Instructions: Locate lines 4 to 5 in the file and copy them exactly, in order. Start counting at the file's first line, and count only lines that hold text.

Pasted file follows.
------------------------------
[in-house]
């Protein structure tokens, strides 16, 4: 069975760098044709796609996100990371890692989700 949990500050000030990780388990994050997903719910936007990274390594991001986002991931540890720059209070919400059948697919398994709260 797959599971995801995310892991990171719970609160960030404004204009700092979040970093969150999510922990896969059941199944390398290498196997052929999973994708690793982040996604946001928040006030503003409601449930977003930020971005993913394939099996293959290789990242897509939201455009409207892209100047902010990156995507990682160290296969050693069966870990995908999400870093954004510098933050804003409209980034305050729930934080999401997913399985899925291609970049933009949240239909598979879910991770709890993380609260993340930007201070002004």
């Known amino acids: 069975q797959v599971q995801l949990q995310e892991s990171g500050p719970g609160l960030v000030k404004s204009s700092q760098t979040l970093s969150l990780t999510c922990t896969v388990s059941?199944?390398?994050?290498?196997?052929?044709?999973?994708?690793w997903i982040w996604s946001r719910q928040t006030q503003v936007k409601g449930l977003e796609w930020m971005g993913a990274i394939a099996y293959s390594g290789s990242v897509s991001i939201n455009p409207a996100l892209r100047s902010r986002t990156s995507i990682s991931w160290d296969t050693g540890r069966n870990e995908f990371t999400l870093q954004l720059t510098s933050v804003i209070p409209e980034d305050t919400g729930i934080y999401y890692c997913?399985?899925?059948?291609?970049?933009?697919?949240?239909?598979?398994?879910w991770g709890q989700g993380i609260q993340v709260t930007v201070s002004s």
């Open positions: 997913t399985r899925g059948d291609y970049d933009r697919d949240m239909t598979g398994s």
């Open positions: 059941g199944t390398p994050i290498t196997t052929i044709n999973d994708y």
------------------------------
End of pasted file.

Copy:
């Open positions: 997913t399985r899925g059948d291609y970049d933009r697919d949240m239909t598979g398994s």
């Open positions: 059941g199944t390398p994050i290498t196997t052929i044709n999973d994708y």